3. Supplementary Figure 3 Natural variation in transposon expression and easiRNA biogenesis in Col-0 and Ler-0 pollen

    (a) Col-0 and Ler-0 pollen transcriptomes revealed that TE transcripts were overall more abundant in Ler-0 pollen. (b) These differences are reflected in the accumulation of easiRNAs in pollen isolated from each ecotype. For example, miR845-targeted TEs ATGP2 and ATCOPIA41 accumulate easiRNA in Col pollen, while ATCOPIA63 is only expressed in Ler-0 where it accumulates easiRNA, presumably via alternative miRNA. (c) LTR retrotransposon (Gypsy and Copia) that are predicted miR845 targets show enriched expression in Ler-0 pollen. RPM, reads per million. FPKM, fragments per kilobase per million.

  4. Supplementary Figure 4 miR845b-dependent easiRNAs at the LTRs of Gypsy retrotransposons

    (a) Normalized small RNA reads were mapped to aligned 5′ regions (metaplots) of all annotated Gypsy elements, including 2kb upstream and 4kb downstream of the LTR. This includes the 5′ LTR (~2kb), PBS (miR845b target site) and part of the gag gene. 21/22-nt siRNAs were more abundant in wild-type pollen but depleted in the dcl2/4 mutant pollen. Both 21/22- and 24-nt siRNAs were depleted nrpd1a (Pol IV) mutant pollen. (b) Most small RNAs matching to TEs were lost in the nrpd1a mutant pollen. Many miRNA were also reduced by 2-fold, likely due to destabilization of ARGONAUTE proteins in nrpd1a mutant pollen. RPM, reads per million.

  5. Supplementary Figure 5 DNA-methylation levels in Col and Ler pollen nuclei

    (a) Average DNA methylation levels in Col-0 and Ler-0 sperm (SC) and vegetative nuclei (VN) were plotted in 100kb windows on all 5 chromosomes in Arabidopsis. (b) DNA methylation in the CHH context in SC and VN was not significantly changed in Ler-0 transgenics expressing Col-MIR845b (Ler:MIR845b) in pollen. (c) Histogram representation of average DNA methylation percentages in Col, Ler-0 and Ler:MIR845b SC and VN nuclei.

  6. Supplementary Figure 6 Small-RNA abundances at maternally and paternally expressed genes

    (a) Small RNA reads were mapped to aligned metaplots of maternally (MEGs, n=285) and paternally expressed genes (PEGs, n = 103)2, including 2kb upstream and downstream of annotated coding regions, and normalized by total mapped reads. MEGs and PEGs accumulate 21/22nt easiRNA in pollen. (b) Boxplots of normalized siRNA abundances matching 2kb regions flanking MEGs and PEGs in haploid (1n) and diploid (2n) pollen isolated from wild type Col-0, mir845b-1, nrpd1a-3, wild type Ler-0 and Ler-0 transgenics expressing Col-miR845b (Ler:MIR845b). 21/22nt easiRNA matching MEGs and PEGs depend on miR845b and polIV. (c) Boxplots of published small RNA datasets from diploid (2x2), tetraploid (4x4) and interploid (2x4) seeds 3 and from Col-0 and Ler-0 seeds 2. MEGs accumulated higher levels of 21/22-nt easiRNA in interploid (2x4) seed. All boxes represent lower and upper quartiles surrounding the median (center line). RPM, reads per million.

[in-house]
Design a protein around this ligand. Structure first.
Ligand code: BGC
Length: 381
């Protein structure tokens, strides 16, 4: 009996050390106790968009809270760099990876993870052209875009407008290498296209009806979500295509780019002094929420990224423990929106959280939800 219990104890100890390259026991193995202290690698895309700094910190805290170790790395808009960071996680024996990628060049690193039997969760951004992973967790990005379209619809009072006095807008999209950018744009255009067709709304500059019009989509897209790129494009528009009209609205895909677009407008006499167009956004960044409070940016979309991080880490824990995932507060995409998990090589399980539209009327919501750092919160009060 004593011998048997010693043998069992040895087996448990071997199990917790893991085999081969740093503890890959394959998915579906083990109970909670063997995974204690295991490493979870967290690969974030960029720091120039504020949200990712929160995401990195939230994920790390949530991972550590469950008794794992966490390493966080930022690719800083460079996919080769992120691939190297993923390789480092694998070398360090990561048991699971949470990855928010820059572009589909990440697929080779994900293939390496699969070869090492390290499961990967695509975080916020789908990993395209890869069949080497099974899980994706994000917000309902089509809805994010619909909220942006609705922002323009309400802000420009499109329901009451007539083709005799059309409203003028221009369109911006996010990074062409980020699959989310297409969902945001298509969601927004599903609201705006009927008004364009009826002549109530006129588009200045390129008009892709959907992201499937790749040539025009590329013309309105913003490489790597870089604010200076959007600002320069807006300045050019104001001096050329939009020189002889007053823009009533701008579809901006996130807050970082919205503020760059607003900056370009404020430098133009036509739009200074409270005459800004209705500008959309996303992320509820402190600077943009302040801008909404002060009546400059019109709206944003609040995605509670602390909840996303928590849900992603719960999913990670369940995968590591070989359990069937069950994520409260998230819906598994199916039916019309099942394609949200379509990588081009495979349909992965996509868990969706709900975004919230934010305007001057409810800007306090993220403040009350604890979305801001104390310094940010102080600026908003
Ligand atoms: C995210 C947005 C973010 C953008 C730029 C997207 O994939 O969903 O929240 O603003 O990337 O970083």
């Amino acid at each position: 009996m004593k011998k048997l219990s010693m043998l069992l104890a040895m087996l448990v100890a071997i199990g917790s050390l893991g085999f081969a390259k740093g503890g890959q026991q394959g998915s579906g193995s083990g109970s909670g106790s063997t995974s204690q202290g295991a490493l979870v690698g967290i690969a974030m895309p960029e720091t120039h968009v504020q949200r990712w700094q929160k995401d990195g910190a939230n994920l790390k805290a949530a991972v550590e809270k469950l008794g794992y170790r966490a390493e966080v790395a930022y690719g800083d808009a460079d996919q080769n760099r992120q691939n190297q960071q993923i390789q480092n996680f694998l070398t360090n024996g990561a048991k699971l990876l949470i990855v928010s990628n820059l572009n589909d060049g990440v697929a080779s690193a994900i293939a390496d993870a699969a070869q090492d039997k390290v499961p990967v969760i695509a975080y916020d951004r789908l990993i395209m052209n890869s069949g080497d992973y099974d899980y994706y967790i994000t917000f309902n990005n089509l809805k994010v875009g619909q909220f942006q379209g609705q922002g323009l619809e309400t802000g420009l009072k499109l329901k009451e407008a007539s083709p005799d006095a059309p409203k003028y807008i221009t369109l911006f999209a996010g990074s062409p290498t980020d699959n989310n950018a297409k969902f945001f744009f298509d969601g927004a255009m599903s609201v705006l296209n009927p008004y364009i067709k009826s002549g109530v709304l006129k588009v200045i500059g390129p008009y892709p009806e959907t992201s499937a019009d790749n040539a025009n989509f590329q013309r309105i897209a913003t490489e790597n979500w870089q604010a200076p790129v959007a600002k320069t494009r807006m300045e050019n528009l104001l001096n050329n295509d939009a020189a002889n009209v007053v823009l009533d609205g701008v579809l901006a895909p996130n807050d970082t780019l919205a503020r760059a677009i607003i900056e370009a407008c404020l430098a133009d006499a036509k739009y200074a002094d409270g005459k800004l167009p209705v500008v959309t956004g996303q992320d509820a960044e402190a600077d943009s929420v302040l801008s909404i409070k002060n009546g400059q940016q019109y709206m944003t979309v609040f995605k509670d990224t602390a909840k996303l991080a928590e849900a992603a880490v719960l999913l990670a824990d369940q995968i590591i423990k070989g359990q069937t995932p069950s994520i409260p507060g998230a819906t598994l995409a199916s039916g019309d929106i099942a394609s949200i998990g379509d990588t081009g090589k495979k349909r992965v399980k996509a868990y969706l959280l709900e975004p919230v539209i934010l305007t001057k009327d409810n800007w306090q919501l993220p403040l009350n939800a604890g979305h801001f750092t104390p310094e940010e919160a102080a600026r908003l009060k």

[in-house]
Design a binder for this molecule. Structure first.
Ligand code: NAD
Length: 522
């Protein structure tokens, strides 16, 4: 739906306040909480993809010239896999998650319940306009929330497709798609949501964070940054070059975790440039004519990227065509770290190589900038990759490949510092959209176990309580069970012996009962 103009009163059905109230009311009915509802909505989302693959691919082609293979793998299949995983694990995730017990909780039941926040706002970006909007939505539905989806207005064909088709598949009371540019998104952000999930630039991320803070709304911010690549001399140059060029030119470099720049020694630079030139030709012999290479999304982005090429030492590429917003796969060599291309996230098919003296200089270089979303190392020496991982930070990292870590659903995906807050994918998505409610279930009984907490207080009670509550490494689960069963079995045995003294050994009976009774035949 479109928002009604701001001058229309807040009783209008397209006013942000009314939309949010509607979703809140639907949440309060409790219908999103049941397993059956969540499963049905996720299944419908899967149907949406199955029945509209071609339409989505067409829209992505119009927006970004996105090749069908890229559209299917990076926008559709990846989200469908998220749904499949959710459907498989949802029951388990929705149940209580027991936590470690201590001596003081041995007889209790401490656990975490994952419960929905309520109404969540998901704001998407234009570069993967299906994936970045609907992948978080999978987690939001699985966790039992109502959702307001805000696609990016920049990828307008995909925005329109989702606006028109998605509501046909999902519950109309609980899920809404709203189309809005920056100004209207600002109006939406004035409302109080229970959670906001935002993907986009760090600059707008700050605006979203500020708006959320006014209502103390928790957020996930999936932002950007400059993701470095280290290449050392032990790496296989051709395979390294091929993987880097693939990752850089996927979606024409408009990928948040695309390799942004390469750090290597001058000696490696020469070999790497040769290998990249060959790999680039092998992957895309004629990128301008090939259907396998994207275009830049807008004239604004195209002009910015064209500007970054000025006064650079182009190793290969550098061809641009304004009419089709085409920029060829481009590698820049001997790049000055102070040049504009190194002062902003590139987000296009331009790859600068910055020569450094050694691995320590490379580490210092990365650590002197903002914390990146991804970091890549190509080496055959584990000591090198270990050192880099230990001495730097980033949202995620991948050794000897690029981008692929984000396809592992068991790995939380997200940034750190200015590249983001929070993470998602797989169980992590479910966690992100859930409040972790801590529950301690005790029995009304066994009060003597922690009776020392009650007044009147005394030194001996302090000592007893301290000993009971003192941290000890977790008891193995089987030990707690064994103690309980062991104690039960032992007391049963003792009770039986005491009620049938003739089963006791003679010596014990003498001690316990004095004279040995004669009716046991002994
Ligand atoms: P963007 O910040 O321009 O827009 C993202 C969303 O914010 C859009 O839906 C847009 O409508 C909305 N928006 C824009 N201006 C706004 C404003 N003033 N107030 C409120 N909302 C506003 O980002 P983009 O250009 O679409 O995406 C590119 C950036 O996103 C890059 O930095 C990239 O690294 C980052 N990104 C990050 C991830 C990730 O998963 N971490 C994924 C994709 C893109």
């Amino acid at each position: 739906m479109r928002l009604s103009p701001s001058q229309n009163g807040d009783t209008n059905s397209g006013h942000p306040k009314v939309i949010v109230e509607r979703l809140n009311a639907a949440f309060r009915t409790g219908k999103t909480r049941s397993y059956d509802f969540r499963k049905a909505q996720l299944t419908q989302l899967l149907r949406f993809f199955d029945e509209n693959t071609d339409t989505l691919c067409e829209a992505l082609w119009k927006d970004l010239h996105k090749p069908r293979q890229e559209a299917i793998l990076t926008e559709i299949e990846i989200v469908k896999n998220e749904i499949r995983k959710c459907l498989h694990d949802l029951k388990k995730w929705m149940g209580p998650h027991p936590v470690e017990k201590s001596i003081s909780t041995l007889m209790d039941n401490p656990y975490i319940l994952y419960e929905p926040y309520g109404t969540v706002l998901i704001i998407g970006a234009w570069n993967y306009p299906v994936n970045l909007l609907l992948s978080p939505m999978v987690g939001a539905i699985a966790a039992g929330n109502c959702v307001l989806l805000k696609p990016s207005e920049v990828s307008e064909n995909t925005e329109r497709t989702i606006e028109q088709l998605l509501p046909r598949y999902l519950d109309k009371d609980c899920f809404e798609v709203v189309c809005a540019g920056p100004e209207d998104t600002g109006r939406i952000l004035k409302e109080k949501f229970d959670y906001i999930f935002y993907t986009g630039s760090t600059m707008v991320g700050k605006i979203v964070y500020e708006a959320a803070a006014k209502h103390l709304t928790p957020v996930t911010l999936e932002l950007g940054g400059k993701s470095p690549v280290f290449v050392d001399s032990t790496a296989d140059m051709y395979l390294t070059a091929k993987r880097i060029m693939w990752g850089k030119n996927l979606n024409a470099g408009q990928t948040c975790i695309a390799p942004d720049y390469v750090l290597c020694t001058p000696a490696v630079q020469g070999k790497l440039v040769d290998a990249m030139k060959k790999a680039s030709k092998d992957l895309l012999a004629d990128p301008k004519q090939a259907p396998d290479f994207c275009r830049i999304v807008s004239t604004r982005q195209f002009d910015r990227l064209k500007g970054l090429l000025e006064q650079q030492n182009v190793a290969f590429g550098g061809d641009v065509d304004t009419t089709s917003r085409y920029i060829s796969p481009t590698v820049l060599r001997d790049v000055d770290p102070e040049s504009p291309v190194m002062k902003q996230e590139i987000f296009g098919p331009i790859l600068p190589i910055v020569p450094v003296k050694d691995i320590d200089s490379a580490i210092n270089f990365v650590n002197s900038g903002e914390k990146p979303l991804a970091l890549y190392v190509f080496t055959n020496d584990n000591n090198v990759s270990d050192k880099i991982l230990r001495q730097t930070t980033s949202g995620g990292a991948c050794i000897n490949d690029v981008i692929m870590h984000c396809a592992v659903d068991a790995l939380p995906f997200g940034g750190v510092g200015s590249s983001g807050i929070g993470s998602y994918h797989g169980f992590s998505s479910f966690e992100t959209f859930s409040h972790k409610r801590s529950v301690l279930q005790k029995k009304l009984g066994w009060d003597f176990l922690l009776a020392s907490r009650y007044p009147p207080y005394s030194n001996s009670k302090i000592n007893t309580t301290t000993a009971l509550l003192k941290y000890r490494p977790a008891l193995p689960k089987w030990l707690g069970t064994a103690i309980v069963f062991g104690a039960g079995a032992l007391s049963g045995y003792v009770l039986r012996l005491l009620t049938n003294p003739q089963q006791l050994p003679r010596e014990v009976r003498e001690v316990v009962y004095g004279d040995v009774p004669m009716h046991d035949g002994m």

7. Supplementary Figure 7 A model for genome dosage responses in the Arabidopsis endosperm

    In pollen, biogenesis of 21-22-nt easiRNA is triggered by miR845, resulting from the activation of retrotransposons during meiosis and in the vegetative nucleus (VN). easiRNAs accumulate in the sperm cells (SC) that are passively transported to the embryo sac to perform double fertilization with the haploid egg (EC) and diploid central cell (CC), giving rise to the embryo (Eb) and endosperm (EN), respectively. a, In the wild-type endosperm, Maternally Expressed Genes (MEGs), such as MEA and FIS2, encode important components of the Polycomb repressor complex 2 (PRC2) that regulates expression of PEGs via deposition of H3K27me3. b, In interploid hybrids with paternal excess, the endosperm over-proliferates and fails to cellularize, leading to seed abortion (“the triploid block”)4. This interploidy hybridization barrier resembles maternal PRC2 mutants, where PEGs are also over-expressed and the endosperm over-proliferates leading to seed abortion phenotypes4. Similarly to mutations in PRC2 components, the triploid block can be suppressed by mutations in particular PEGs5,6. Our study suggests that miR845b-dependent easiRNAs are an important component of this pathway, perhaps by targeting TEs that flank imprinted genes. For example, increased paternal dosage and easiRNA activity, RNA-directed DNA methylation (RdDM) and H3K9me27, may contribute to down-regulation of MEGs and PRC2 activity, which in turn leads to up-regulation of PEGs and seed collapse.

Supplementary information

  1. Supplementary Text and Figures

    Supplementary Figures 1–7 and Supplementary Tables 3 and 4

  2. Life Sciences Reporting Summary

  3. Supplementary Table 1

    miR845 target sites in retrotransposons. Target sites were predicted with the psRNATarget software (2011 release), using default settings for all parameters, except the maximum expectation value (Exp < 5.0)

  4. Supplementary Table 2

    Predicted miR845 targets overlapping with mCHH hypomethylated DMRs in Ler-0 pollen

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https://doi.org/10.1038/s41588-017-0032-5